State Senate Scheduled To Vote on Low Sulfur Heating Oil Bill At Special Session This Week

11/14/2009 11:04:26 AM

 

 

Westchester County Legislator Tom Abinanti (D- Greenburgh), is calling on the New York State Senate to pass a measure that would reduce the permissible sulfur level for home heating oil. The Senate is scheduled to consider the legislation when it convenes in a Special Session called by the Governor for Monday and Tuesday, November 16-17, 2009. The Assembly has already passed the bill.

 

The legislation (S. 1145-A) reduces the maximum sulfur level in No. 2 home heating oil to less than 15 parts per million. Today’s No. 2 heating oil, the most widely used, contains 2600 parts per million of sulfur. The proposed level is the same as the maximum that federal government currently allows for diesel oil in on-road vehicles across the United States.

 

“The legislation would greatly improve Westchester’s air quality and protect the health of the region’s residents,” said Abinanti, chair of the Westchester Legislature’s Committee on the Environment & Energy.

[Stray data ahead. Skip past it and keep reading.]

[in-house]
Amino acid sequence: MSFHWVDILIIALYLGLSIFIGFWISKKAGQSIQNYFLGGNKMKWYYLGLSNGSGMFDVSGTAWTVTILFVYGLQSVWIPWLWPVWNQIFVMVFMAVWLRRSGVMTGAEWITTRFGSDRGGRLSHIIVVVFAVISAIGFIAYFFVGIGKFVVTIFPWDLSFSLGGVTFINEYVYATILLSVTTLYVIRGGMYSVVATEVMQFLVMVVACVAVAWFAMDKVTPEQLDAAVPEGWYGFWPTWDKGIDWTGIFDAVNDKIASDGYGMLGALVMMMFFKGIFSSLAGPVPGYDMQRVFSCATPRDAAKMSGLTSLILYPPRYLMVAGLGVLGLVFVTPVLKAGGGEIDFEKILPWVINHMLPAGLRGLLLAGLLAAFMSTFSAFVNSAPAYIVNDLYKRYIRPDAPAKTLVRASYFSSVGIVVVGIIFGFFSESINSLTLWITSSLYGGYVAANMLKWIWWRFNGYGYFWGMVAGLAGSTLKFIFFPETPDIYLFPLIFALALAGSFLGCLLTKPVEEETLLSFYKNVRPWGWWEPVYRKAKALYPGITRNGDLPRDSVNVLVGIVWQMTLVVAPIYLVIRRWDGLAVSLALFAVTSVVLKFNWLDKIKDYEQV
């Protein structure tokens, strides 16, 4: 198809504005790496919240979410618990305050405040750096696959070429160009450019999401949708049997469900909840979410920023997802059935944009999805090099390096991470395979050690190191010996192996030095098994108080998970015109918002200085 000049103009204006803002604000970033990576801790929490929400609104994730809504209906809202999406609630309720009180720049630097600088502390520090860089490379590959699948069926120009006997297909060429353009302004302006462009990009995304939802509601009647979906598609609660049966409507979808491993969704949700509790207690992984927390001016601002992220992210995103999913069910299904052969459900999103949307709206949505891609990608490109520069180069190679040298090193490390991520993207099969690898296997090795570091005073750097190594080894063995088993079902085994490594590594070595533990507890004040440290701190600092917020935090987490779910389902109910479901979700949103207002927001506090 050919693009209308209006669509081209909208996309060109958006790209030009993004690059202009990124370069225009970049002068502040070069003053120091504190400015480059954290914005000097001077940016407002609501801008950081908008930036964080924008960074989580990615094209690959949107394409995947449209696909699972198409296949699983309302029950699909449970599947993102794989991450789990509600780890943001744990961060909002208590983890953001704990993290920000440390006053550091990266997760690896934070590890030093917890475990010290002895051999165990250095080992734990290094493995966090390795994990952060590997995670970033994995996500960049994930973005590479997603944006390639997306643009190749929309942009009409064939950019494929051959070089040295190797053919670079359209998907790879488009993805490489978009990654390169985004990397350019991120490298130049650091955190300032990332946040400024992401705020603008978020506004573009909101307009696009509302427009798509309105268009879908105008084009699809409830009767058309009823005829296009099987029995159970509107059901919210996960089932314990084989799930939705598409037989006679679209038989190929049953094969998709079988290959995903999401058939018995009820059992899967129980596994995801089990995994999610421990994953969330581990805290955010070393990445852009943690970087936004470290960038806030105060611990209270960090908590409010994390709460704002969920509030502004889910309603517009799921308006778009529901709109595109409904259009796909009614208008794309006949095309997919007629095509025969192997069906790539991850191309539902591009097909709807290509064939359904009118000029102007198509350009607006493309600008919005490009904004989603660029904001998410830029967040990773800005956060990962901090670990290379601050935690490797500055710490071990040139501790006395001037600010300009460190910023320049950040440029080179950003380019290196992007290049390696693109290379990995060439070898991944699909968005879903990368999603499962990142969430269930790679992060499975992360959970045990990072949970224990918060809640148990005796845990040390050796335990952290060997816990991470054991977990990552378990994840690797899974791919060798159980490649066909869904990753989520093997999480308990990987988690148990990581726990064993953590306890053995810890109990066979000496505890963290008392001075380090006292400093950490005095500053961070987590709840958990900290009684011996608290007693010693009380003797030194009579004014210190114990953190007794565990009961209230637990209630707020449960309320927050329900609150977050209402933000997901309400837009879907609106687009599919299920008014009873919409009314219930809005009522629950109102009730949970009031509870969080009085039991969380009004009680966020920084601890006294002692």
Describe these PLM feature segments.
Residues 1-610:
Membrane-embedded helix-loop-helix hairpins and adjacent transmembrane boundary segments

The current home heating oil releases dangerous pollution into the air, including ozone and fine particles called PM 2.5. Much of downstate New York, including Westchester and New York City, exceeds federal standards for PM 2.5 and for ozone. These particles are linked to increased respiratory symptoms, such as irritation of the airways, coughing, difficulty breathing, decreased lung function, aggravated asthma, development of chronic bronchitis and irregular heartbeat. The increased cost of ultra-low sulfur No. 2 heating oil over today’s No. 2 heating oil is minimal.

 

Abinanti has proposed similar legislation for Westchester. Abinanti’s measure was the result of a yearlong, intensive review of Westchester’s air quality by the “Healthy Air Task Force” which Abinanti created in 2004 to suggest ways to reduce particulate matter and other harmful carcinogens that are polluting Westchester’s air. The Healthy Air Task Force consisted of members of Westchester’s environment and health communities.

 

“More and more children are suffering from asthma and other respiratory diseases,” said the Greenburgh lawmaker.  “It’s our air, we have to protect it.”